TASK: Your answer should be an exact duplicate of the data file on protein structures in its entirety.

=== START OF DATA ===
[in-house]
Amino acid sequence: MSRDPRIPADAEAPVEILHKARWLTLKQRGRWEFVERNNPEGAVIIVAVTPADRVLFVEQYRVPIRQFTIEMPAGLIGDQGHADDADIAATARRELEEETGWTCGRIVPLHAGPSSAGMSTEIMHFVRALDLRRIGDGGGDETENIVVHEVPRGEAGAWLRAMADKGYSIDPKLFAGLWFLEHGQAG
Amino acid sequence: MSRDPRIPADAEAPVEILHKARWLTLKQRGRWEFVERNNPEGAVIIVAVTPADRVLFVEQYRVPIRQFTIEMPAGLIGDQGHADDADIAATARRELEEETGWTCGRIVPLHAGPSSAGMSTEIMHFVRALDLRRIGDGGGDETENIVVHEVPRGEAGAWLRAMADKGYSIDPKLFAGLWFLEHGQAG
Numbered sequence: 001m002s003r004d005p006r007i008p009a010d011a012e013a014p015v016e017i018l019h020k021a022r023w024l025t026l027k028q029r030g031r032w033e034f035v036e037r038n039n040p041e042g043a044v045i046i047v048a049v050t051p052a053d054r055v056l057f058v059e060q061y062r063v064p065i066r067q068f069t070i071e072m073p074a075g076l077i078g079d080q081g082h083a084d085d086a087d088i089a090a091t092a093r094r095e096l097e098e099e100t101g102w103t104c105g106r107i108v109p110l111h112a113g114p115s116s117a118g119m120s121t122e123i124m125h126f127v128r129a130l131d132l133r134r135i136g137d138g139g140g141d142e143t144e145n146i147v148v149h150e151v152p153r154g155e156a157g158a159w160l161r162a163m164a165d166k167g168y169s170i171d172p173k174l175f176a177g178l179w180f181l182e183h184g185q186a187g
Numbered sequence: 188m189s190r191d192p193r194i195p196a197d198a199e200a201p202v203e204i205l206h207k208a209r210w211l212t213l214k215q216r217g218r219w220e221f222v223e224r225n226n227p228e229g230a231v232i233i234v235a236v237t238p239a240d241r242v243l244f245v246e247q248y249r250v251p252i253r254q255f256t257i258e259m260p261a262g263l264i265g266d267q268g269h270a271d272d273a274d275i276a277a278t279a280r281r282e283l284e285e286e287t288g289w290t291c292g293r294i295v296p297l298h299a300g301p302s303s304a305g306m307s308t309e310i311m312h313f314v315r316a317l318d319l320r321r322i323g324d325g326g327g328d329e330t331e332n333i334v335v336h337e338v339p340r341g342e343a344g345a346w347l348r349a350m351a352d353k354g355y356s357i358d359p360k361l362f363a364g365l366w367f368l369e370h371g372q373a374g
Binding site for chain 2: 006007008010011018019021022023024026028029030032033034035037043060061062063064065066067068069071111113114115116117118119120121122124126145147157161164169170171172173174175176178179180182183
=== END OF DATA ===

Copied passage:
[in-house]
Amino acid sequence: MSRDPRIPADAEAPVEILHKARWLTLKQRGRWEFVERNNPEGAVIIVAVTPADRVLFVEQYRVPIRQFTIEMPAGLIGDQGHADDADIAATARRELEEETGWTCGRIVPLHAGPSSAGMSTEIMHFVRALDLRRIGDGGGDETENIVVHEVPRGEAGAWLRAMADKGYSIDPKLFAGLWFLEHGQAG
Amino acid sequence: MSRDPRIPADAEAPVEILHKARWLTLKQRGRWEFVERNNPEGAVIIVAVTPADRVLFVEQYRVPIRQFTIEMPAGLIGDQGHADDADIAATARRELEEETGWTCGRIVPLHAGPSSAGMSTEIMHFVRALDLRRIGDGGGDETENIVVHEVPRGEAGAWLRAMADKGYSIDPKLFAGLWFLEHGQAG
Numbered sequence: 001m002s003r004d005p006r007i008p009a010d011a012e013a014p015v016e017i018l019h020k021a022r023w024l025t026l027k028q029r030g031r032w033e034f035v036e037r038n039n040p041e042g043a044v045i046i047v048a049v050t051p052a053d054r055v056l057f058v059e060q061y062r063v064p065i066r067q068f069t070i071e072m073p074a075g076l077i078g079d080q081g082h083a084d085d086a087d088i089a090a091t092a093r094r095e096l097e098e099e100t101g102w103t104c105g106r107i108v109p110l111h112a113g114p115s116s117a118g119m120s121t122e123i124m125h126f127v128r129a130l131d132l133r134r135i136g137d138g139g140g141d142e143t144e145n146i147v148v149h150e151v152p153r154g155e156a157g158a159w160l161r162a163m164a165d166k167g168y169s170i171d172p173k174l175f176a177g178l179w180f181l182e183h184g185q186a187g
Numbered sequence: 188m189s190r191d192p193r194i195p196a197d198a199e200a201p202v203e204i205l206h207k208a209r210w211l212t213l214k215q216r217g218r219w220e221f222v223e224r225n226n227p228e229g230a231v232i233i234v235a236v237t238p239a240d241r242v243l244f245v246e247q248y249r250v251p252i253r254q255f256t257i258e259m260p261a262g263l264i265g266d267q268g269h270a271d272d273a274d275i276a277a278t279a280r281r282e283l284e285e286e287t288g289w290t291c292g293r294i295v296p297l298h299a300g301p302s303s304a305g306m307s308t309e310i311m312h313f314v315r316a317l318d319l320r321r322i323g324d325g326g327g328d329e330t331e332n333i334v335v336h337e338v339p340r341g342e343a344g345a346w347l348r349a350m351a352d353k354g355y356s357i358d359p360k361l362f363a364g365l366w367f368l369e370h371g372q373a374g
Binding site for chain 2: 006007008010011018019021022023024026028029030032033034035037043060061062063064065066067068069071111113114115116117118119120121122124126145147157161164169170171172173174175176178179180182183